Etcetera

Derringer: Spending a hot holiday with Detroit's slave-owning ancestors


July 11, 2019, 8:45 PM by  Nancy Derringer
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Jamon Jordan, in green shirt, speaks at a tour stop. (Photo: Nancy Derringer)

July 4, Independence Day, dawned sunny and promised all the heat that comes with it. Somewhere in faraway Washington D.C., aides were sweating over a final draft of the president’s July 4 speech. Checking Wikipedia, inserting pronouncer guides for the tough words (“Cornwallis,” “Fallujah”) and crossing their fingers for a good delivery.

Here in Detroit, I took a different walk through American history – a literal one. “Enemies of Freedom: Monuments of Detroit’s Slaveowners” was a strolling tour of bronze statues and historic markers downtown workers pass by every day, usually without a glance. After a while, a man rendered in Colonial-era dress is just another thing for pigeons to poop on, after all; who cares what the Macomb family did to get a county named after them?

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Jamon Jordan explains Alexander Macomb (Photo: Nancy Derringer)

Jamon Jordan cares. The Macombs were “Michigan’s biggest slave holders,” he told the 30 or so people willing to stand under the broiling sun to learn a little local history. They owned Belle Isle and Grosse Ile, and they didn’t work their farmland by themselves. About 40 human beings, wholly owned by the family, worked with them.

It was a long, sweaty but ultimately very enlightening walk.

Skeletons in the closet

As Bill McGraw pointed out in Deadline Detroit seven years ago, slavery is part and parcel of Detroit’s early history, but it’s a fact that’s only recently come to light. Americans have short memories and prefer simple narratives, which means that in this country, we think of slavery as something that existed only in the south, on the large plantations there. But as Jordan told us at the beginning of our walk, “Slavery is not a southern story. It’s a national story.”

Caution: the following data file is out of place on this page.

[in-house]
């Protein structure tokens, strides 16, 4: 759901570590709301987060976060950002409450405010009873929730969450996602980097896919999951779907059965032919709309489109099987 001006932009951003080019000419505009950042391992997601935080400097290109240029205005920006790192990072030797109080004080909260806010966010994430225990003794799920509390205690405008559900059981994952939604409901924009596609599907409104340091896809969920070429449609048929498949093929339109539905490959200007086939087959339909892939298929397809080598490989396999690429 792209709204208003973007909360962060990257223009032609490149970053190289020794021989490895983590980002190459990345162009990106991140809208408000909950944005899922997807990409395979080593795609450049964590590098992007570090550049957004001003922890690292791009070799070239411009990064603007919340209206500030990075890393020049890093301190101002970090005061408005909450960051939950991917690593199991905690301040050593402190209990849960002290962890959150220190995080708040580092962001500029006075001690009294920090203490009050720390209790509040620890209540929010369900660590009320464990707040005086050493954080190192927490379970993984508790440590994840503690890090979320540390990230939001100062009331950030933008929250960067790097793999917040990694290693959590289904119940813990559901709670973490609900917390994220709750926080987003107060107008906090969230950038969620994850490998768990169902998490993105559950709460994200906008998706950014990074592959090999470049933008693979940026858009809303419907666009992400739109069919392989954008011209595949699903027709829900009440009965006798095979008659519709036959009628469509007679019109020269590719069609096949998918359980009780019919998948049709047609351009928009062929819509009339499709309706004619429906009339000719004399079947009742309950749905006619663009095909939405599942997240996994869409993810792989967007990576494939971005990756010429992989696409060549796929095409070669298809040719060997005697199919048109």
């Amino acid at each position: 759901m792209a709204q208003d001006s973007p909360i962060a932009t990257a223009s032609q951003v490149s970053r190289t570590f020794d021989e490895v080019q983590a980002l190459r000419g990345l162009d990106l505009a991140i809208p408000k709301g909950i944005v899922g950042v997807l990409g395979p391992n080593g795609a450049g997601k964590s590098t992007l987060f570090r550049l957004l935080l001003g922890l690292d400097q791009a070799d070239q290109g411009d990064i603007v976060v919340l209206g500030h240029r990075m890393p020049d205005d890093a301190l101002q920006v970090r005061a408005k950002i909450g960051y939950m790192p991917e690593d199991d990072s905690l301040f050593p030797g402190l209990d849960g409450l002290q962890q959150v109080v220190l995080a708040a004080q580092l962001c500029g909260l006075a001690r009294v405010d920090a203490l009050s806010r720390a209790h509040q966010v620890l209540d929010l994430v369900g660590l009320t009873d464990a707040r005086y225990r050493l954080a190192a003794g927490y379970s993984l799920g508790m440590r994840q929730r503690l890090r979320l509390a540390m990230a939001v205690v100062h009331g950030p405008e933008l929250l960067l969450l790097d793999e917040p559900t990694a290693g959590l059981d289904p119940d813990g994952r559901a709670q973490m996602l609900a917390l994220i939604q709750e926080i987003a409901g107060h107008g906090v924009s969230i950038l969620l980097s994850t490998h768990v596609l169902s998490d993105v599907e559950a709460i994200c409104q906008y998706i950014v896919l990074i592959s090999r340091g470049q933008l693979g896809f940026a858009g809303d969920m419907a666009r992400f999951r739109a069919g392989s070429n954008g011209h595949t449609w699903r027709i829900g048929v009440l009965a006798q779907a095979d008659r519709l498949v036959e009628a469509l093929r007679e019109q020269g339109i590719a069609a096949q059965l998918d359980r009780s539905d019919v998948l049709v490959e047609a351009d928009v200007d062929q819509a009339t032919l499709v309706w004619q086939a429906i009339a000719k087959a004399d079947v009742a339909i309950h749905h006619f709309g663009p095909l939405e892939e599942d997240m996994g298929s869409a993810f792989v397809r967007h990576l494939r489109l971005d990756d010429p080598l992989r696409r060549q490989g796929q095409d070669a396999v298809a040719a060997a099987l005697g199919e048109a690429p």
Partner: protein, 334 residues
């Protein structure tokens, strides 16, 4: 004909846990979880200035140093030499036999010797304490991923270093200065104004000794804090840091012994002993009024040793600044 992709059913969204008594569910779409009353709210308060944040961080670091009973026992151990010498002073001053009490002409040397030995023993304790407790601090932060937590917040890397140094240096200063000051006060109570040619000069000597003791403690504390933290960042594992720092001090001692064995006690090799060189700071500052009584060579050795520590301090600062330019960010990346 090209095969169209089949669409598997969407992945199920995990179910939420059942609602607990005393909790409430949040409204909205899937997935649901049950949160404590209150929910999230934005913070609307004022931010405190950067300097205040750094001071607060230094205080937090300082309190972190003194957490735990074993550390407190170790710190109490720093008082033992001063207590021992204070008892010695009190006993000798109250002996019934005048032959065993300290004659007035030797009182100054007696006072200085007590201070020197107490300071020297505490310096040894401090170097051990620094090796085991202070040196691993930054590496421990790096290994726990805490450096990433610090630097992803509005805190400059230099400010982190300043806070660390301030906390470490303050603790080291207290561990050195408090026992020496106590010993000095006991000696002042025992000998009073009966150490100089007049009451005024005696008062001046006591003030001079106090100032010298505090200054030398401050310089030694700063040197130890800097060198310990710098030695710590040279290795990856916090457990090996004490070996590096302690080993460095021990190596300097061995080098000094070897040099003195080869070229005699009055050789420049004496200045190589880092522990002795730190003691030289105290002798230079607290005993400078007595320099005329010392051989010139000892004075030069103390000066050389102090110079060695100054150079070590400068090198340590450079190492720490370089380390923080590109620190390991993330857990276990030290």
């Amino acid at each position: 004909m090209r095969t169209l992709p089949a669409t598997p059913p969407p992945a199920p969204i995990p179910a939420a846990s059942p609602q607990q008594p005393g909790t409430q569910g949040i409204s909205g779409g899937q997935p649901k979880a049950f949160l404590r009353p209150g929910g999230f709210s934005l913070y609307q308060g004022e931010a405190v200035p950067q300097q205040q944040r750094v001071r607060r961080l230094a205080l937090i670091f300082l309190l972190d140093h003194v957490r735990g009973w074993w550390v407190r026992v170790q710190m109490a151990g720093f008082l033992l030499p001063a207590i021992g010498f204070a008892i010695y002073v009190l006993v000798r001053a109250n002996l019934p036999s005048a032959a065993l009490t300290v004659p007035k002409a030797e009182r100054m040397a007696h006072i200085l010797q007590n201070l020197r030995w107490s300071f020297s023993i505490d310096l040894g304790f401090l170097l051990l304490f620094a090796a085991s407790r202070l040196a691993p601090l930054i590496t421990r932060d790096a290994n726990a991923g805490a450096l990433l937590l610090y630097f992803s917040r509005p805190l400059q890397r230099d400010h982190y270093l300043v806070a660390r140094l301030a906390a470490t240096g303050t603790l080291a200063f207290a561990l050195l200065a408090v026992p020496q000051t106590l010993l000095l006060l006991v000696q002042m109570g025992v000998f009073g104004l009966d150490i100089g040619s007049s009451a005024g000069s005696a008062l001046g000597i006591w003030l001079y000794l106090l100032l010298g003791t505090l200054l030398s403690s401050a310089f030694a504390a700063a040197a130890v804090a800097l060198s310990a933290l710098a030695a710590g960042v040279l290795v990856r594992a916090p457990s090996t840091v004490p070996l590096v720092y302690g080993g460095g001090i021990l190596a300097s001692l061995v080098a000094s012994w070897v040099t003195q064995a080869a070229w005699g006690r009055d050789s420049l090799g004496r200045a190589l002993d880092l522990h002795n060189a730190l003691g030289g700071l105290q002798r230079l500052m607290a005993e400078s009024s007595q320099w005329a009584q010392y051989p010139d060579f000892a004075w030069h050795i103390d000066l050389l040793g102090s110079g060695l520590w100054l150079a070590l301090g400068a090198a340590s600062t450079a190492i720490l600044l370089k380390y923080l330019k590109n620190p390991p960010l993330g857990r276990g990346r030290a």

And it’s a Detroit story. Though the Northwest Ordinance, adopted in 1787, banned slavery in the territories it covered (which included Michigan), British and French citizens were permitted to keep their human property, and did. And that is how so many familiar names, ranging from the Macombs to the Beaubiens to even Lewis Cass himself counted enslaved Africans in their households, Jordan said.

These individuals did not conform to the “Gone With the Wind” image, Jordan told us. The ribbon farms of the early settlements didn’t require vast labor forces. Rather, these Michigan slaves worked alongside white settlers, doing many of the same tasks, but keeping none of the wealth gained from their labor.

We took a winding route from Campus Martius west to Cobo Center, and east to St. Antoine, stopping along the way to regard the sites of events few would commemorate with a marker – a cross-burning on Independence Day, 1923, in front of the old City Hall; the Archdiocese of Detroit offices, a reminder that early priests owned slaves (and baptized them); the monument holding the remains of Stevens Mason, the first governor of the state of Michigan (there were a couple who served the territory, ahead of him), scion of the Masons of Virginia, slave owners, and one himself.